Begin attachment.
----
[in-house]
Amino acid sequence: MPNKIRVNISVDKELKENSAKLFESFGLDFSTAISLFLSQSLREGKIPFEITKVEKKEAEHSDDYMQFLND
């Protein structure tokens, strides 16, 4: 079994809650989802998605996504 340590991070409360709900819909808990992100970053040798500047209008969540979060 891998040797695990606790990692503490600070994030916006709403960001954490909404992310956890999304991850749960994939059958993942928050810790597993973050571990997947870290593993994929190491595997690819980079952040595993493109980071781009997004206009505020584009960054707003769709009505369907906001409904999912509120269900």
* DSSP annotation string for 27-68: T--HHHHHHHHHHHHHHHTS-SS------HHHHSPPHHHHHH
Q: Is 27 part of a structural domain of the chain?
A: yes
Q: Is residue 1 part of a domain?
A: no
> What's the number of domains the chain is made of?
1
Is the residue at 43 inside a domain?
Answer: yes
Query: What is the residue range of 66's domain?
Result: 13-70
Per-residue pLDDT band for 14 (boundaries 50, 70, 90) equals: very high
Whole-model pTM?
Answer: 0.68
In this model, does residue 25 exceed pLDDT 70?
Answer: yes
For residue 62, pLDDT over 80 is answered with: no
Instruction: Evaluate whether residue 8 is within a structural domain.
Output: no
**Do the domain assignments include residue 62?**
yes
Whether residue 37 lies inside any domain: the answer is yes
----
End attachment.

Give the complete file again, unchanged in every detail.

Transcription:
[in-house]
Amino acid sequence: MPNKIRVNISVDKELKENSAKLFESFGLDFSTAISLFLSQSLREGKIPFEITKVEKKEAEHSDDYMQFLND
């Protein structure tokens, strides 16, 4: 079994809650989802998605996504 340590991070409360709900819909808990992100970053040798500047209008969540979060 891998040797695990606790990692503490600070994030916006709403960001954490909404992310956890999304991850749960994939059958993942928050810790597993973050571990997947870290593993994929190491595997690819980079952040595993493109980071781009997004206009505020584009960054707003769709009505369907906001409904999912509120269900």
* DSSP annotation string for 27-68: T--HHHHHHHHHHHHHHHTS-SS------HHHHSPPHHHHHH
Q: Is 27 part of a structural domain of the chain?
A: yes
Q: Is residue 1 part of a domain?
A: no
> What's the number of domains the chain is made of?
1
Is the residue at 43 inside a domain?
Answer: yes
Query: What is the residue range of 66's domain?
Result: 13-70
Per-residue pLDDT band for 14 (boundaries 50, 70, 90) equals: very high
Whole-model pTM?
Answer: 0.68
In this model, does residue 25 exceed pLDDT 70?
Answer: yes
For residue 62, pLDDT over 80 is answered with: no
Instruction: Evaluate whether residue 8 is within a structural domain.
Output: no
**Do the domain assignments include residue 62?**
yes
Whether residue 37 lies inside any domain: the answer is yes